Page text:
CPI International. 2009. Modified ColitagTM Method. Modified ColitagTM Test Method for the Simultaneous Detection of E. coli and other Total Coliforms in Water (ATP D05-0035). August 28, 2009. 5580 Skylane Boulevard, Santa Rosa, CA 95403.

Edberg, S.C. et al. 1989. “National Field Evaluation of a Defined Substrate Method for the Simultaneous Detection of Total Coliforms and Escherichia coli from Drinking Water: Comparison with Start Printed Page 57914Presence-Absence Techniques.” Applied Environmental Microbiology, Vol. 55, pp. 1003-1008, April 1989.

Environmental Engineering & Technology, Inc. (EE&T, Inc.). Memorandum No. 4 to AWWA. Final Analysis of Online Amperometric Data. EE&T Project No. 5318, February 27, 2009. EE&T, Inc., 712 Gum Rock Court, Newport News, VA 23606.

Fair, P. 2009. Memo to the record describing basis for approval of updated ASTM methods. September 30, 2009.

Fair, P. and Wendelken, S. 2009. Memo to the record describing basis for expedited approval of EPA Method 334.0. September 30, 2009.

Munch, D. 2009a. Memo to the record describing basis for expedited approval of EPA Method 302.0 for bromate. September 30, 2009.

Munch, D. 2009b. Memo to the record describing basis for expedited approval of EPA Method 557 for HAA5 and bromate. October 6, 2009.

Palintest Ltd. 2009a. ChloroSense Method, Rev. 1.0. Measurement of Free and Total Chlorine in Drinking Water by Palintest ChloroSense, August 10, 2009, Palintest Ltd, 21 Kenton Lands Road, PO Box 18395, Erlanger, KY 41018. (Available at http://www.nemi.gov.)

Palintest Ltd. 2009b. ATP Evaluation of Palintest ChloroSense for the Measurement of Free and Total Chlorine, August 10, 2009. Palintest Ltd, 21 Kenton Lands Road, PO Box 18395, Erlanger, KY 41018.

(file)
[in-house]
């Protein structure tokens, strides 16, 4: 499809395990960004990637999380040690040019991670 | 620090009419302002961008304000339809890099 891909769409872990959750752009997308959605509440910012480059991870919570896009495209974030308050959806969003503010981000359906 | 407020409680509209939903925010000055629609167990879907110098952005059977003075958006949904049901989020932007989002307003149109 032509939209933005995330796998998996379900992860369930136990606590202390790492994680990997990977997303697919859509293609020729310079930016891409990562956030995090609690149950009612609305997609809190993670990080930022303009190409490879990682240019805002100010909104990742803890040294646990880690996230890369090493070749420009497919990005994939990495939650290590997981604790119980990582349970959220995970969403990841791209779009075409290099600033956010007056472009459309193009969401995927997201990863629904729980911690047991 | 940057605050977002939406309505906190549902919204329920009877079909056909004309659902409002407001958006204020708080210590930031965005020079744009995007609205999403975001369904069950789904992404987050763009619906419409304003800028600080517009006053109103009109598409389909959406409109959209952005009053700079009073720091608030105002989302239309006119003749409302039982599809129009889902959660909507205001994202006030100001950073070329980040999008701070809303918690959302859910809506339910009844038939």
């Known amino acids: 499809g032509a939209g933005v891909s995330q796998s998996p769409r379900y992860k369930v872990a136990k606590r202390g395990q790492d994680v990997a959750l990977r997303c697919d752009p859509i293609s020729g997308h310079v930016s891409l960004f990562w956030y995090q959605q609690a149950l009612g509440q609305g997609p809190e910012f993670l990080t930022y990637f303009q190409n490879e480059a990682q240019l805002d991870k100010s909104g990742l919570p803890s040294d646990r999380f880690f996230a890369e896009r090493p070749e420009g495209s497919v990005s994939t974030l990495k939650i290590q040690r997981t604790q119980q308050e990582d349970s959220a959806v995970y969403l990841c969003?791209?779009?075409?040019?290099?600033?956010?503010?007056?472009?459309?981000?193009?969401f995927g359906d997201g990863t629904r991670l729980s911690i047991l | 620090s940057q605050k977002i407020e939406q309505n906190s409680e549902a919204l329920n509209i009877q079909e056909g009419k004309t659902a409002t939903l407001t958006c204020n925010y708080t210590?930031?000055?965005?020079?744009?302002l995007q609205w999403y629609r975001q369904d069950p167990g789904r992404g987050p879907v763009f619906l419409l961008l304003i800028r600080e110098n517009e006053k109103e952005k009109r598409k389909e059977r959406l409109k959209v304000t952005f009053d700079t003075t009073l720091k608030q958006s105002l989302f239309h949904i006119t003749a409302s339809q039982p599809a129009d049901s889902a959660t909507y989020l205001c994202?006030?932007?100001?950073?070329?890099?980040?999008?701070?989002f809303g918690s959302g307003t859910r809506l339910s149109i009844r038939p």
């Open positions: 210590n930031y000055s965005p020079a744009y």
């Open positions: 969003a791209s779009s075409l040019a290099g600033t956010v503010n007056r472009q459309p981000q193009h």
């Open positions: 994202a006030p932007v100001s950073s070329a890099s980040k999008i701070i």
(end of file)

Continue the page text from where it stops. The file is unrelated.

SWAN Analytische Instrumente AG. 2009a. AMI Turbiwell Method, Rev. 1.0. Continuous Measurement of Turbidity Using a SWAN AMI Turbiwell Turbidimeter, August 10, 2009, Markus Bernasconi, SWAN Analytische Instrumente AG, Studbachstrasse 13, CH-8340 Hinwil, Switzerland. (Available at http://www.nemi.gov.)

SWAN Analytische Instrumente AG. 2009b. ATP Evaluation of the SWAN AMI Turbiwell Turbidimeter for Measurement of Turbidity, August 10, 2009. Studbachstrasse 13, CH-8340 Hinwil, Switzerland.

USEPA. 1993. EPA Method 180.1, Revision 2.0, “Determination of Turbidity by Nephelometry” in Methods for the Determination of Inorganic Substances in Environmental Samples, EPA/600/R-93/100. (Available at http://www.nemi.gov.)

USEPA. 1995. EPA Method 552.2, “Determination of Haloacetic Acids and Dalapon in Drinking Water by Liquid-Liquid Extraction, Derivatization and Gas Chromatography with Electron Capture Detection” in Methods for the Determination of Organic Compounds in Drinking Water, Supplement III, EPA/600/R-95-131, August 1995. (Available at http://www.nemi.gov.)

USEPA. 2000. EPA Method 300.1, “Determination of Inorganic Anions in Drinking Water by Ion Chromatography” in Methods for the Determination of Organic and Inorganic Compounds in Drinking Water, Volume 1, EPA 815-R-00-014. (Available at http://www.epa.gov/​safewater/​methods/​analyticalmethods_​ogwdw.html.)